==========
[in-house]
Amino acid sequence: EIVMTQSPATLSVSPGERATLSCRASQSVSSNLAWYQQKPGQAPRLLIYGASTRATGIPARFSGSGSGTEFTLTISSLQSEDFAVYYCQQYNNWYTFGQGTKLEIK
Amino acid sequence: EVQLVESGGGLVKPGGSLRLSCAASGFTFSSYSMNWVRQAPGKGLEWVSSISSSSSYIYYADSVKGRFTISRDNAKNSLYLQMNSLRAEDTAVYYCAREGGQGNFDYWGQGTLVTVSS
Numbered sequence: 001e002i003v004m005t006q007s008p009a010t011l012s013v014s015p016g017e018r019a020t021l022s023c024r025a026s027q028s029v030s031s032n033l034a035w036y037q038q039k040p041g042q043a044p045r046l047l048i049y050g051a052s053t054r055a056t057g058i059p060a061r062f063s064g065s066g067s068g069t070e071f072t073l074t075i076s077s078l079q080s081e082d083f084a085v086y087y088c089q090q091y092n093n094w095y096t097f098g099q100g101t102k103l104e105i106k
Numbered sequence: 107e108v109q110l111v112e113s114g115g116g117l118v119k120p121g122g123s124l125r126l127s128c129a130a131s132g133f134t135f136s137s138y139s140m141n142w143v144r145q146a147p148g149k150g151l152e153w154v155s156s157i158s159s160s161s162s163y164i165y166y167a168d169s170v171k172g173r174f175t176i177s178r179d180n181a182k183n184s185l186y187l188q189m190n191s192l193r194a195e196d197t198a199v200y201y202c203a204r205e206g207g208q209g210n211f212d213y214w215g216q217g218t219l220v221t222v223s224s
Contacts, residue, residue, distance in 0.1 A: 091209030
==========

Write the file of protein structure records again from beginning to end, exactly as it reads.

[in-house]
Amino acid sequence: EIVMTQSPATLSVSPGERATLSCRASQSVSSNLAWYQQKPGQAPRLLIYGASTRATGIPARFSGSGSGTEFTLTISSLQSEDFAVYYCQQYNNWYTFGQGTKLEIK
Amino acid sequence: EVQLVESGGGLVKPGGSLRLSCAASGFTFSSYSMNWVRQAPGKGLEWVSSISSSSSYIYYADSVKGRFTISRDNAKNSLYLQMNSLRAEDTAVYYCAREGGQGNFDYWGQGTLVTVSS
Numbered sequence: 001e002i003v004m005t006q007s008p009a010t011l012s013v014s015p016g017e018r019a020t021l022s023c024r025a026s027q028s029v030s031s032n033l034a035w036y037q038q039k040p041g042q043a044p045r046l047l048i049y050g051a052s053t054r055a056t057g058i059p060a061r062f063s064g065s066g067s068g069t070e071f072t073l074t075i076s077s078l079q080s081e082d083f084a085v086y087y088c089q090q091y092n093n094w095y096t097f098g099q100g101t102k103l104e105i106k
Numbered sequence: 107e108v109q110l111v112e113s114g115g116g117l118v119k120p121g122g123s124l125r126l127s128c129a130a131s132g133f134t135f136s137s138y139s140m141n142w143v144r145q146a147p148g149k150g151l152e153w154v155s156s157i158s159s160s161s162s163y164i165y166y167a168d169s170v171k172g173r174f175t176i177s178r179d180n181a182k183n184s185l186y187l188q189m190n191s192l193r194a195e196d197t198a199v200y201y202c203a204r205e206g207g208q209g210n211f212d213y214w215g216q217g218t219l220v221t222v223s224s
Contacts, residue, residue, distance in 0.1 A: 091209030